Northern Ireland news


Morelli's employee felt 'violated' by sexual harassment

Shauna McFarland (31), from Coleraine, Co Derry, was awarded £20,000 after an industrial tribunal found she was the victim of sexual harassment

A YOUNG woman who was sexually harassed by a colleague at a leading ice-cream company said she was treated like "a piece of meat".

Shauna McFarland (31), from Coleraine, Co Derry, was awarded £20,000 after an industrial tribunal found she was the victim of "sleazy and sustained" verbal harassment from Remo di Vito, a supervisor at Morelli Ice Cream Limited's office in the town.

In a case backed by the Equality Commission, Ms McFarland said years of harassment had seriously affected her mental and physical health.

The tribunal heard that Mr di Vito, who is a member of the extended family who own the company, referred to Ms McFarland as "big t**s", both to her face and as a contact on his phone.

In December 2017, he sent Ms McFarland a text message - described by the tribunal as "obscene" - which included a crude reference to female genitalia.

He also made several crude sexual comments.

Ms McFarland, who began working for the company in June 2015, first complained in September 2016 that she was being sexually harassed by Mr di Vito.

Mr di Vito was given a verbal warning but the company did not investigate the complaint and the harassment began again within weeks.

In January 2018, Ms McFarland submitted a formal complaint of sexual harassment.

Morelli Ice Cream Ltd held an investigation and gave Mr di Vito a final written warning. However, the tribunal criticised the investigation as aggressive and overtly dismissive towards Ms McFarland.

The mother-of-one left the company in early 2018 on a combination of sick leave and maternity leave and did not return.

The industrial tribunal made its decision in November 2019 but its publication was delayed after Ms McFarland challenged an order which meant no one involved in the case could be named.

Ms McFarland said she challenged the anonymity clause because she "didn't want what happened to me to be hidden".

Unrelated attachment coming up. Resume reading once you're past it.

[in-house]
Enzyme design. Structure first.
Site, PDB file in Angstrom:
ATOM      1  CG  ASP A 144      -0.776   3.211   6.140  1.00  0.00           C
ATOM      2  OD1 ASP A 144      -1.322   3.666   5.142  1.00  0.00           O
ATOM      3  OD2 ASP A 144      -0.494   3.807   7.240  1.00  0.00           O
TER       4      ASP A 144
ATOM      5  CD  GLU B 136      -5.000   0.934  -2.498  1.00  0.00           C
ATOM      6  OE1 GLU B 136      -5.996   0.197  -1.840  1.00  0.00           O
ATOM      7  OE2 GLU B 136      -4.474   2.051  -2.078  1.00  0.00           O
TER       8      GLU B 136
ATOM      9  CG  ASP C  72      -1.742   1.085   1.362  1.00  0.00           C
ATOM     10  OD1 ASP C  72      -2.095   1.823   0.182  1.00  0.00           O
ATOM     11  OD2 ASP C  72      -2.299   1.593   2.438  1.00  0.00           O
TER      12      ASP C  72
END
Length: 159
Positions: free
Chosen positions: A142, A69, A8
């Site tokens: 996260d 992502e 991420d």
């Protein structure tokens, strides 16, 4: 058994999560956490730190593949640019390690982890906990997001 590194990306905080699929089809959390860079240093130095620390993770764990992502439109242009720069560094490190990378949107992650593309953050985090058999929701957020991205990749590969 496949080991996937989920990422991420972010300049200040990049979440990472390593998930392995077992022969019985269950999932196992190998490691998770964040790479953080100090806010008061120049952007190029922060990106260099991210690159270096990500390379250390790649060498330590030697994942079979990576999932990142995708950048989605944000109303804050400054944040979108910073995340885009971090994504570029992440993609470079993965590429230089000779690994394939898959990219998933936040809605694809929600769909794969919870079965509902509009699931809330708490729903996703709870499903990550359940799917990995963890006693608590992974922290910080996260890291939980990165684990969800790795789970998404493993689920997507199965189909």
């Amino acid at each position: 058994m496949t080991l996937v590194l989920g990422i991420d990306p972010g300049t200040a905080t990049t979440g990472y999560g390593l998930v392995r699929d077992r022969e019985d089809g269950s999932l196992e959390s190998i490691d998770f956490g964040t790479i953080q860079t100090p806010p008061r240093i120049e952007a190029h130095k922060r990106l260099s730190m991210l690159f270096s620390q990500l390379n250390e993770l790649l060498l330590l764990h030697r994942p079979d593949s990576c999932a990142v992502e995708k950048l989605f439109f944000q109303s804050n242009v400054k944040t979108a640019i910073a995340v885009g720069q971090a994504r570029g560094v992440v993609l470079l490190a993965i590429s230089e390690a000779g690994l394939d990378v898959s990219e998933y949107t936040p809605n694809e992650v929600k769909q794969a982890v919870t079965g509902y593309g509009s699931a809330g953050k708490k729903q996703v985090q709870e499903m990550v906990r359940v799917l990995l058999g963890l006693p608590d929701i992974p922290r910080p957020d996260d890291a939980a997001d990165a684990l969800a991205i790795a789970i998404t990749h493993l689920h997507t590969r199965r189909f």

"I had a right to tell my story," she said.

She added: "I couldn't disclose what had happened to me so it was very difficult to find a job."

"Now with the anonymity being lifted... I will be able to get myself back into employment."

She said the harassment left her "feeling really violated".

"I was only 24 and this person was double my age. I felt really isolated by it," she said.

Shauna McFarland (31), from Coleraine, Co Derry

Ms McFarland said she "felt really hurt" by the company's response.

"I felt like I wasn't being believed and my complaint wasn't being taken seriously," she said.

She said the comments directed at her were "really disgusting, to the point where he continued even after I asked him to stop".

"I was going home physically upset by it... I felt like he was treating me like I was a piece of meat.

"It physically and mentally affected me. Especially with me living in a smaller community, you were going out and about and people were calling you a liar."

She thanked the Equality Commission, her partner and family for supporting her.

Mary Kitson, senior legal officer at the Equality Commission, said employers must have policies in place to protect women.

"Women, like Shauna, must feel protected from this type of behaviour and be confident that they can raise complaints without fear of being penalised and that any complaint will be dealt with effectively and in a timely and professional manner," she said.

Morelli Ice Cream Ltd said yesterday Mr di Vito no longer works for the company. It is understood he left several years ago.

A spokeswoman for the company said: "We deeply regret that a member of our team during their time of employment, was subjected to harassment by a previous member of staff whilst working at our production and distribution centre in Coleraine over four years ago.

"We respect the decision of the tribunal and accept the criticism levelled at the company, using the findings to develop our procedures to safeguard all staff while in our employment.

"As a company with a strong family ethos, we pride ourselves on the relationships we have with our team, promoting dignity and respect in the workplace and sincerely apologise to all those who have been affected."

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